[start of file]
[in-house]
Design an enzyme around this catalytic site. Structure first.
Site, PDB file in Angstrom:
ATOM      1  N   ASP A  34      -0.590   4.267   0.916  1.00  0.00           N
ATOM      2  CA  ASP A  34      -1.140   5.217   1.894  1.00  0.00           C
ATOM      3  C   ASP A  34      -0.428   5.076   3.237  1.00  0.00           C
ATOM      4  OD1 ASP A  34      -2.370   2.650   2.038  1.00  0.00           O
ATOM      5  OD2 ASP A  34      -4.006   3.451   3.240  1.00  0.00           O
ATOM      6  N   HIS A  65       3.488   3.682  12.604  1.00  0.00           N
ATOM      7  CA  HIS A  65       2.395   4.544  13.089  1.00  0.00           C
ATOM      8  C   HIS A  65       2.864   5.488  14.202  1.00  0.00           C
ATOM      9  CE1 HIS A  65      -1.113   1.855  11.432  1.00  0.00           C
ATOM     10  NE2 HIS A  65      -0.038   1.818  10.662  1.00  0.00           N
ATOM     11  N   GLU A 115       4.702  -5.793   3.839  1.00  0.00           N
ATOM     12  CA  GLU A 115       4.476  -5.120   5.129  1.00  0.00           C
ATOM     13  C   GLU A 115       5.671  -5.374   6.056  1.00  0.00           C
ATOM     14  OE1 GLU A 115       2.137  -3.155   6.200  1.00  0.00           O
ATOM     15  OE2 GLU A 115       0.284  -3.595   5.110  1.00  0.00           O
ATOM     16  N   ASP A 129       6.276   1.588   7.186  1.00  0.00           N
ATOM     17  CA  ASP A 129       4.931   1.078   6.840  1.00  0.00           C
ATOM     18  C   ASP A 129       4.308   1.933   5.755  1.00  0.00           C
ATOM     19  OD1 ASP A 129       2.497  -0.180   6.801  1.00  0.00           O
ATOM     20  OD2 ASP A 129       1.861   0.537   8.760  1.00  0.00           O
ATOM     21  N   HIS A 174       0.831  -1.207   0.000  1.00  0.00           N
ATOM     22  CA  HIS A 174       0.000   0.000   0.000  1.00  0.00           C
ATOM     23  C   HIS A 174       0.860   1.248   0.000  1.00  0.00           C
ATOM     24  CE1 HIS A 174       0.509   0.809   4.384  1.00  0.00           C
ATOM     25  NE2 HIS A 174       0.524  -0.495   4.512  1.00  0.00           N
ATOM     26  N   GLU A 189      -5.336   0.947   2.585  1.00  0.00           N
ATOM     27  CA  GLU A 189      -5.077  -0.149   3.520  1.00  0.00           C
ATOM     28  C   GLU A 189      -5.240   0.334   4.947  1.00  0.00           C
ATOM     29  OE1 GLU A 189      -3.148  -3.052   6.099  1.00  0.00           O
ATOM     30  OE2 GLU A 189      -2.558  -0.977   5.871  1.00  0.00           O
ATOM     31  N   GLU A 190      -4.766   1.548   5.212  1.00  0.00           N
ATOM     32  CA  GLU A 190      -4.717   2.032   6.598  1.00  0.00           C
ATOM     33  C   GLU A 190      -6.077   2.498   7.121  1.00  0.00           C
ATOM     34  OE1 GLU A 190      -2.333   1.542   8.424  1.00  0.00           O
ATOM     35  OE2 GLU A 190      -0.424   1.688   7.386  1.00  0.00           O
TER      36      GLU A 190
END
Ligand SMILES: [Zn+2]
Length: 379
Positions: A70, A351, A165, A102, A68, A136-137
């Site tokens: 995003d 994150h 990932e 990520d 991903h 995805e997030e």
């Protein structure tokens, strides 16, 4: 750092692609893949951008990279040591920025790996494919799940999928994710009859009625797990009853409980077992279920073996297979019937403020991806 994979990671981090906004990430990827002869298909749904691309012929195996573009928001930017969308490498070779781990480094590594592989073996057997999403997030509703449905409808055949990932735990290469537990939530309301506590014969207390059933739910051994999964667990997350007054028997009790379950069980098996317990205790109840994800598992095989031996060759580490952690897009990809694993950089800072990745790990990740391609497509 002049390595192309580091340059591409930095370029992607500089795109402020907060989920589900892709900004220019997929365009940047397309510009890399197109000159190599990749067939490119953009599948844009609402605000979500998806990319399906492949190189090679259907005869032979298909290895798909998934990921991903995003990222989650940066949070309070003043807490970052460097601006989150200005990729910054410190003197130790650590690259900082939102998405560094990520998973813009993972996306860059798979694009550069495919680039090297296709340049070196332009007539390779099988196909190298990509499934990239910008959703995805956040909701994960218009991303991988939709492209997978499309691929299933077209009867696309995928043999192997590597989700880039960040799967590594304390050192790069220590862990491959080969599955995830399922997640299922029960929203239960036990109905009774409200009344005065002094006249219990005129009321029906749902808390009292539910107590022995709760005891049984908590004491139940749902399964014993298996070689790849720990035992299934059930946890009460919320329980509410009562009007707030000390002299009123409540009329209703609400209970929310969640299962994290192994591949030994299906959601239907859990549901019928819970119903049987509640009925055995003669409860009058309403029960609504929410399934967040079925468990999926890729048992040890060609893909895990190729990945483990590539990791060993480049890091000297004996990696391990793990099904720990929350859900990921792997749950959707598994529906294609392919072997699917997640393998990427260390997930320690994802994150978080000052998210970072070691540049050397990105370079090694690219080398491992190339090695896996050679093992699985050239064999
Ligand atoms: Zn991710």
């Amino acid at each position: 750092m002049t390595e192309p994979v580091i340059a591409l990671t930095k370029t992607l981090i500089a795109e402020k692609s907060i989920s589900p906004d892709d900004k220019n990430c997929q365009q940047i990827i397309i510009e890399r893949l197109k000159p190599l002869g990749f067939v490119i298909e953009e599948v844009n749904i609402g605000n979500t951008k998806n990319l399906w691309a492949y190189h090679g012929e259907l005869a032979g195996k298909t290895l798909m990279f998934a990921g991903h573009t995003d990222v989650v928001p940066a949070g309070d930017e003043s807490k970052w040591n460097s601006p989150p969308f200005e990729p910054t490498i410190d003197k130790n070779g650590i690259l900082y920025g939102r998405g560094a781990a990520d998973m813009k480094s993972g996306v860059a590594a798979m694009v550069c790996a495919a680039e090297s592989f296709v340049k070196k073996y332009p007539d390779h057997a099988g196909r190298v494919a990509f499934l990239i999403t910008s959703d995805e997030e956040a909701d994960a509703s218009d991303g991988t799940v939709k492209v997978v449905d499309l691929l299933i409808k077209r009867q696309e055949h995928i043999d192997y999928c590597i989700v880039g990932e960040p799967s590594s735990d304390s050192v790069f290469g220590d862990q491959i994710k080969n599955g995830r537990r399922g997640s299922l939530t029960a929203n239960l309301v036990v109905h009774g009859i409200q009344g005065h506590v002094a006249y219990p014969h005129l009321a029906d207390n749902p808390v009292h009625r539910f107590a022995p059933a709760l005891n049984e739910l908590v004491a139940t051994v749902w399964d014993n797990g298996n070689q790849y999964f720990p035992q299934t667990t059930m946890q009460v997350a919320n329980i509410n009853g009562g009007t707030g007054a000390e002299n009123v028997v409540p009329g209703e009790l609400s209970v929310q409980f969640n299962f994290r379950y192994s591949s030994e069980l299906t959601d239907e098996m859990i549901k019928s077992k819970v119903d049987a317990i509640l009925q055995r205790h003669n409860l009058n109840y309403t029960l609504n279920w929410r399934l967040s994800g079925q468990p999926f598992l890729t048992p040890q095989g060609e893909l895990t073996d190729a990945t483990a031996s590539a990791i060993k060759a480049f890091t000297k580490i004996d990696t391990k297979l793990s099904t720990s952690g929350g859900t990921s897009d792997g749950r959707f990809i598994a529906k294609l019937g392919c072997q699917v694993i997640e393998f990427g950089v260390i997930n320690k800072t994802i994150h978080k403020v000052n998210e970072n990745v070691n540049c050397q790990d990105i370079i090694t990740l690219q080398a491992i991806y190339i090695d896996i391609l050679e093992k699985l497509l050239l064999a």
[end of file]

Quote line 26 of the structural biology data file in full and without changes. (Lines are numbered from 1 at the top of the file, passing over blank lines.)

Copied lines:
ATOM     23  C   HIS A 174       0.860   1.248   0.000  1.00  0.00           C